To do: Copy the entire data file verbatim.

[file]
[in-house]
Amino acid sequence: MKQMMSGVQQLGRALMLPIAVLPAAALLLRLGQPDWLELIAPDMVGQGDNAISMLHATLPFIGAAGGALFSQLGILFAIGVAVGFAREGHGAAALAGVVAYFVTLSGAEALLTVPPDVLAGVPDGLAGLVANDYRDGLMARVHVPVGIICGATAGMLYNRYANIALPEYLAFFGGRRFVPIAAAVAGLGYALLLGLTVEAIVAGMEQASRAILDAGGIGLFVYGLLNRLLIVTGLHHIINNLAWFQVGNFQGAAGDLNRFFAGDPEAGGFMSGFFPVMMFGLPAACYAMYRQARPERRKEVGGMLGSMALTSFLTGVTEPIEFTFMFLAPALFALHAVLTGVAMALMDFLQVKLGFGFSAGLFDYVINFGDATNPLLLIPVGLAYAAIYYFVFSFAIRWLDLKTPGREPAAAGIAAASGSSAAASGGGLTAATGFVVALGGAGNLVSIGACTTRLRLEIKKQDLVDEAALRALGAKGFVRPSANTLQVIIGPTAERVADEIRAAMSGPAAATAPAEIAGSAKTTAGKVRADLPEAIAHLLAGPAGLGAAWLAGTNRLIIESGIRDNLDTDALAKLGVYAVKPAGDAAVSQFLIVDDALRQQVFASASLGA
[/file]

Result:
[in-house]
Amino acid sequence: MKQMMSGVQQLGRALMLPIAVLPAAALLLRLGQPDWLELIAPDMVGQGDNAISMLHATLPFIGAAGGALFSQLGILFAIGVAVGFAREGHGAAALAGVVAYFVTLSGAEALLTVPPDVLAGVPDGLAGLVANDYRDGLMARVHVPVGIICGATAGMLYNRYANIALPEYLAFFGGRRFVPIAAAVAGLGYALLLGLTVEAIVAGMEQASRAILDAGGIGLFVYGLLNRLLIVTGLHHIINNLAWFQVGNFQGAAGDLNRFFAGDPEAGGFMSGFFPVMMFGLPAACYAMYRQARPERRKEVGGMLGSMALTSFLTGVTEPIEFTFMFLAPALFALHAVLTGVAMALMDFLQVKLGFGFSAGLFDYVINFGDATNPLLLIPVGLAYAAIYYFVFSFAIRWLDLKTPGREPAAAGIAAASGSSAAASGGGLTAATGFVVALGGAGNLVSIGACTTRLRLEIKKQDLVDEAALRALGAKGFVRPSANTLQVIIGPTAERVADEIRAAMSGPAAATAPAEIAGSAKTTAGKVRADLPEAIAHLLAGPAGLGAAWLAGTNRLIIESGIRDNLDTDALAKLGVYAVKPAGDAAVSQFLIVDDALRQQVFASASLGA